Wednesday 30 April 2014

Doing My Head In

It was Saturday afternoon and the end of a two week school break.

The weather had been glorious for 10 days in a row bringing with it ladybirds, dandelions and cups of tea in the garden.  A full washing line of bed linen flapping furiously in the breeze was another common sight. 

But the nerves were raw.  We were tiring of having been in each other’s company for 14 days with nary a break; a mother and her four young sons.  Better not forget the dog.

All other avenues of entertainment had been exhausted; swimming, cinema, the park, a playground or three, some very lovely lunches out and in a fit of sheer desperation a bake off with mini cup-cakes, pancakes and cookies.

I found myself sitting in the car.  In fact, I wrote this sitting in the car.  Not on the seat.  No, they’d see me out the window of the house that way.

We put a seven seater through its many paces and in order to create extra room within, we removed a back seat.  Thereby creating a nice vacant space behind the driver seat.

Before I beat a hasty retreat into the car, I had sat on the top landing.  Drinking a cup of tepid tea.  Shouts and screeches floated up the stairs after me.  I remembered my sister in law mentioning she sat her legal exams with ear plugs for maximum concentration.  I made a mental note to procure some for myself.

Small feet approached.  I stiffened and an involuntary sigh filled my lungs.  It was just the dog.  She stuck a cold, wet nose under my chin looking for a pat down.  Then small human feet sounded out their approach.  Giving in, I picked up the cup of cold tea and went downstairs. 

I had sat on the side of my bed, lingered much longer than was necessary in the hot press.  Boredom forced me out. 

I made another cup of tea and doled out flapjacks to give their jaws something else to do other than shout and roar.

I got a three and a half minute reprieve.  The dog approached me again.  This time her paw lifted and she pointedly placed it on my knee.  She was hungry.

It was as I poured kibble into her bowl I had the idea of escaping into the car.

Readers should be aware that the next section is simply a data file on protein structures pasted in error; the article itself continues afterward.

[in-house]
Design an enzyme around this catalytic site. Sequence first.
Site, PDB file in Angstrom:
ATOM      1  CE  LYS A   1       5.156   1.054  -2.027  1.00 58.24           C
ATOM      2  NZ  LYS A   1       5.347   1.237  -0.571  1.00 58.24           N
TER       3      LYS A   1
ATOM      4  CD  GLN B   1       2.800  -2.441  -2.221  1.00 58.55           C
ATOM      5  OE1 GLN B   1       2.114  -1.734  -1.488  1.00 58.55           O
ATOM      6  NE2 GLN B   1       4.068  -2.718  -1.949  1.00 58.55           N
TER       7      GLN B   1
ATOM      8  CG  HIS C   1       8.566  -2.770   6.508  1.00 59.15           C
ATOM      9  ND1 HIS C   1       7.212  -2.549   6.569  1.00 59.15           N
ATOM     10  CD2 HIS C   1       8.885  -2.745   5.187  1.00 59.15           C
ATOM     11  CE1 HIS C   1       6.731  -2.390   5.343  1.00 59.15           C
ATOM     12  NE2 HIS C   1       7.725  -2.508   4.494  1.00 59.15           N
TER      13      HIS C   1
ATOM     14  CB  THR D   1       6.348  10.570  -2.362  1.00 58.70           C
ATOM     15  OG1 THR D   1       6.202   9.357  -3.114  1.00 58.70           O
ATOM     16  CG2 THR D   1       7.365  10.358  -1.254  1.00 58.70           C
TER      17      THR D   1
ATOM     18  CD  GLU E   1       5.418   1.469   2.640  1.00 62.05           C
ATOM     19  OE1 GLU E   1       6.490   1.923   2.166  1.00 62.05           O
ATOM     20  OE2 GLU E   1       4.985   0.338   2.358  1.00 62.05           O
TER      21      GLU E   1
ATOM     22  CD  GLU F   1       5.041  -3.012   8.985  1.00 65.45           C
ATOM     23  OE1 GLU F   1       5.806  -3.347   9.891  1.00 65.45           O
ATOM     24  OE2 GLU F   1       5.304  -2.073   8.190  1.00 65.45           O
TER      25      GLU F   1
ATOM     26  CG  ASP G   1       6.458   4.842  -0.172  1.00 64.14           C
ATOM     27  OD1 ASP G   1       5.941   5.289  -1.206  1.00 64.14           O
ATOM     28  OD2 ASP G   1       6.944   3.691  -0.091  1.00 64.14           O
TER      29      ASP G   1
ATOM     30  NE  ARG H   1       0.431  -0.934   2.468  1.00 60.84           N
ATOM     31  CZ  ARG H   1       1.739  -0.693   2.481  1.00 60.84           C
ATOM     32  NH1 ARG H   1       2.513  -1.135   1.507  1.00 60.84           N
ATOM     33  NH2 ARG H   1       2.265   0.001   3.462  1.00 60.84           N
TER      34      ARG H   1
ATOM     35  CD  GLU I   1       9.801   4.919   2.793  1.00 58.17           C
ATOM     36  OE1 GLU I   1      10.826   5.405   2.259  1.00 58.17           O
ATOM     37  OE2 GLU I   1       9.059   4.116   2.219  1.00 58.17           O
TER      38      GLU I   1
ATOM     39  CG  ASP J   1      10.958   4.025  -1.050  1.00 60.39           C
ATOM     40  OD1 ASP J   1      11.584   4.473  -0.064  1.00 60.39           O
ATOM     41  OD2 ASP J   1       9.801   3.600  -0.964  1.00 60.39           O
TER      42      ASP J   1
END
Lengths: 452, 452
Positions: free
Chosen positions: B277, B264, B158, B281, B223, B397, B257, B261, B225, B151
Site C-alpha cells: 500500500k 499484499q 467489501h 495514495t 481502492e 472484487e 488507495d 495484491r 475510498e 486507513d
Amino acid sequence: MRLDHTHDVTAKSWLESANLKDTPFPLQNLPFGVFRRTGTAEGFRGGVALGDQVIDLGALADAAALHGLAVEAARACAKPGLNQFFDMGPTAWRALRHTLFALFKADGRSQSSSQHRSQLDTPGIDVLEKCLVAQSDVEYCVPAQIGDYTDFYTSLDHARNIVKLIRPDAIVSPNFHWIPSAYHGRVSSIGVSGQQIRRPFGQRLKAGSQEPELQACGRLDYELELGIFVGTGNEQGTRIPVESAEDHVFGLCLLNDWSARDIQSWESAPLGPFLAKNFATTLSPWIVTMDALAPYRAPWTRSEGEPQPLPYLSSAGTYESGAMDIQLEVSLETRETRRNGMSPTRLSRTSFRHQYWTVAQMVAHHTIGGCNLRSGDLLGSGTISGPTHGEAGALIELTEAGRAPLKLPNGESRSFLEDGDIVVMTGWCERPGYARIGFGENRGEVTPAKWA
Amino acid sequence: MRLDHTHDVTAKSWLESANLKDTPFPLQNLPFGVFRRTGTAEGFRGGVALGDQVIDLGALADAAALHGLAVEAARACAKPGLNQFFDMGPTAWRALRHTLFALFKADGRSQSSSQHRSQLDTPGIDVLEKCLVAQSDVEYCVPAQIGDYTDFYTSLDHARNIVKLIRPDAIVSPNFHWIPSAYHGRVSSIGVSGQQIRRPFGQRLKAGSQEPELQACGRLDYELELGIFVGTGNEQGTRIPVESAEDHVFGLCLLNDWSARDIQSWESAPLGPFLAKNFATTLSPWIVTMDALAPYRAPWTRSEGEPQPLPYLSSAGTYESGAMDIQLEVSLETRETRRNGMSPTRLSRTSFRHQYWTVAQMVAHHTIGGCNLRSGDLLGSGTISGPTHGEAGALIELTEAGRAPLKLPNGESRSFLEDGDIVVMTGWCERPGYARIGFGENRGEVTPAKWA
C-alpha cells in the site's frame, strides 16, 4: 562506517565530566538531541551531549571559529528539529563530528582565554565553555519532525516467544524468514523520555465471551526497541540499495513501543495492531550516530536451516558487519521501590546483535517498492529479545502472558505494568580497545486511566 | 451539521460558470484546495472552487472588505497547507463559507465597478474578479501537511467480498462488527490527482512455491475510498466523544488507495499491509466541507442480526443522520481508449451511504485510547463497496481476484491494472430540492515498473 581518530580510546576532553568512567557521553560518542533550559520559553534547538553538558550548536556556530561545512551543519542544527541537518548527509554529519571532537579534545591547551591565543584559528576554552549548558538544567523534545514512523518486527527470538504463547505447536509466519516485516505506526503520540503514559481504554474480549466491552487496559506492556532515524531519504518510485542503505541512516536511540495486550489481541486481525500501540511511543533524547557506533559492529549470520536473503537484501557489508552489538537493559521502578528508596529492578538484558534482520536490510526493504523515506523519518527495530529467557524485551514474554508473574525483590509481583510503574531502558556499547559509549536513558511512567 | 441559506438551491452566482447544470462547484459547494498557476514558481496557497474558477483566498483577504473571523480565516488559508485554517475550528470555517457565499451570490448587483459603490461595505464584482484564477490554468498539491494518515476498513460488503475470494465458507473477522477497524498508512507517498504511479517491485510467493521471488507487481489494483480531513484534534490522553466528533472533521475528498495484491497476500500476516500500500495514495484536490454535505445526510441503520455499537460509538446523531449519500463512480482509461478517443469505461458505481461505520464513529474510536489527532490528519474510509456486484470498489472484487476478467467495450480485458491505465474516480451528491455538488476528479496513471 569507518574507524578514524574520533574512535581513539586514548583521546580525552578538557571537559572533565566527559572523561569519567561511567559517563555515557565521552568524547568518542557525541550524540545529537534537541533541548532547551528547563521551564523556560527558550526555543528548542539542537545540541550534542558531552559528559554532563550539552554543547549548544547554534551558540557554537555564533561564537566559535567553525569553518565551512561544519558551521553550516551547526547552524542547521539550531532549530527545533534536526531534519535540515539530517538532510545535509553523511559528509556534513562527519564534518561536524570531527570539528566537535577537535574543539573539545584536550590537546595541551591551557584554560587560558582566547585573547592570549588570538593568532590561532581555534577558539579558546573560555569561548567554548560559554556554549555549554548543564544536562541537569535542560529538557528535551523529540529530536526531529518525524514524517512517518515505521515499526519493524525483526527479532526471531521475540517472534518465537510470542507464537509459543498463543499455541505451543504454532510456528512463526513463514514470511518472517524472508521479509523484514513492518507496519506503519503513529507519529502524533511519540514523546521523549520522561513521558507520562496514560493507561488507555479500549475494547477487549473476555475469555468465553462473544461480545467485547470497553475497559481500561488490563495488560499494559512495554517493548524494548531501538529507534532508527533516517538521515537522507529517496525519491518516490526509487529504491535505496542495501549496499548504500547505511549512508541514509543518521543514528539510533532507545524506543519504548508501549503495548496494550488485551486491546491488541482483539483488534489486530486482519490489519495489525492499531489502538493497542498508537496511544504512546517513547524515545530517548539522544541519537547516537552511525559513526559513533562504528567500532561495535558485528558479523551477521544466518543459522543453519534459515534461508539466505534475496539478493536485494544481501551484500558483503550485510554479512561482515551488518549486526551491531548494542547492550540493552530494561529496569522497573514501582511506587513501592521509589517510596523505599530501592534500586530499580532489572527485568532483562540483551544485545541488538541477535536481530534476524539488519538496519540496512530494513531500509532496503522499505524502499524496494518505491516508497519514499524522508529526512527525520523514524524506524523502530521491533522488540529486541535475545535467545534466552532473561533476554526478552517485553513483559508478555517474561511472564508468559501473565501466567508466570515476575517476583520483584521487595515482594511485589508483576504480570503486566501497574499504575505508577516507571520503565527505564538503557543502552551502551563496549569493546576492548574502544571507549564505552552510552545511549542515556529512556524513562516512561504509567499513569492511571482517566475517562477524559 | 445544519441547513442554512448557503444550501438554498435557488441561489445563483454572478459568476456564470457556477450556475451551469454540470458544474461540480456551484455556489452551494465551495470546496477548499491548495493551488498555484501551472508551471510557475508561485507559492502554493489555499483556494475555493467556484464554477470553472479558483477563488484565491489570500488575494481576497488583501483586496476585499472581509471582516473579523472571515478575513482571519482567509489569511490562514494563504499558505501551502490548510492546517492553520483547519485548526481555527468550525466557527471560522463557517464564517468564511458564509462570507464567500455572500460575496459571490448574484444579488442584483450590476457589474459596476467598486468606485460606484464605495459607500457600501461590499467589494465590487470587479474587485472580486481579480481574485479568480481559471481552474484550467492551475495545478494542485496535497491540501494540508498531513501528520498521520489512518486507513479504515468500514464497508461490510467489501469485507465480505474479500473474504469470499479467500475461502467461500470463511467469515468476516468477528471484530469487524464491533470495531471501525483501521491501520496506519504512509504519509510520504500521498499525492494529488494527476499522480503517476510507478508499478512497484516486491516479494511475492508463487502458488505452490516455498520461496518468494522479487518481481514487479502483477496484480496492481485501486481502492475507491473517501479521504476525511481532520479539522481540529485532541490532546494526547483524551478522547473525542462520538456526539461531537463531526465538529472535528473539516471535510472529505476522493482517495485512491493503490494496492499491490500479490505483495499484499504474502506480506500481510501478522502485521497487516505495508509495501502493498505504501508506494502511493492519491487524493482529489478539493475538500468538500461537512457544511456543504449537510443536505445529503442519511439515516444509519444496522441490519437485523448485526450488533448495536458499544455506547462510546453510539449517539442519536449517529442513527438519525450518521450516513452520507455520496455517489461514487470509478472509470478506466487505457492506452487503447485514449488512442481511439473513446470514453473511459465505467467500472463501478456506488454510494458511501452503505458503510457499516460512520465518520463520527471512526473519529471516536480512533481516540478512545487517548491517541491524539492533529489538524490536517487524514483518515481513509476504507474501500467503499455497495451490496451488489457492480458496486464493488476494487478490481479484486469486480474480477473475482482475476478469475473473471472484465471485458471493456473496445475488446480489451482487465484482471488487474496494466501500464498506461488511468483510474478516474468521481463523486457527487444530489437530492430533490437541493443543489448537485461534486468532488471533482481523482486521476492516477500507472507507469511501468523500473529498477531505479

So here I am.  Sitting on the floor, writing in my notebook, listening to the sound of the wind around me.  Feeling it rock the stationary vehicle.  Every now and again a scream or a shout sounds faintly from the house.  I ignore it.

It’s quiet out here.  It’s solitary. It’s peaceful if a tad cold.  I scribble the odd word, sentence or two into my notebook and then look up as a bird hovering over the chimney catches my attention.  I can hear the hum of traffic on the main road. 

I like sitting in my cocoon, my isolation chamber.  But it doesn’t last long.  Like all of my attempts that Saturday.

The house door opens and four boys and their dog fall out and down the steps.

Screeches of delight, of victory as they find me and I am yet again hunted from my hiding place.

Sometimes, in times of need the only cure is a cup of tea.  A large cup of tea.

And maybe some earplugs. 

Wednesday 23 April 2014

Today I Am Annoyed

Today I am annoyed.  I woke up that way.  Call it week two of the Easter holidays and it’s all beginning to grate or just plain old contrariness but I’m plain old annoyed today.

Then I had reason to be.

I took the boys swimming.  We go once a week but they particularly enjoy it on a holiday from school.

I forgot that 11am is the time usually reserved for older members of the community to enjoy their aqua aerobics class.  The pool was pretty busy.

That was okay.

The lesson was taking place at the side of the pool we are most familiar with.  It is the perfect depth for the boys.  Three of them can swim but two are confident only where their feet can touch the bottom.  They are unable to tread water properly yet.

Due to aqua aerobics taking place this morning, it was necessary for us to use the other end.  

We walked towards our swimming destination and I watched other families to gauge how my two newbie swimmers would manage. 

I enquired from the (young) lifeguard about the depth of the water.  We are lucky enough to have a leisure centre where the swimming pool has a moving floor.  The lifeguard said it was the same depth as the lessons.

Now, the deep end of the pool means I am on my tippy toes but for smaller members of my family who are recently free of arm bands the tippy toes part spells danger for them. 

I issued strict and loud instructions to the newbie swimmers to wait until I got in first.    

I knew immediately they wouldn’t manage it.  It was way too deep for them.

The water started to bubble around me with frustration and annoyance.  I sourced an extra pair of arm bands for the five year old and the six year old managed just fine.  As long as he stuck to the side where he could grab hold of something when he needed a break.

If anyone else had taken my boys to the pool this morning there could have been a different outcome.  I’m not talking about a tragedy but definitely about two young boys getting into serious difficulty.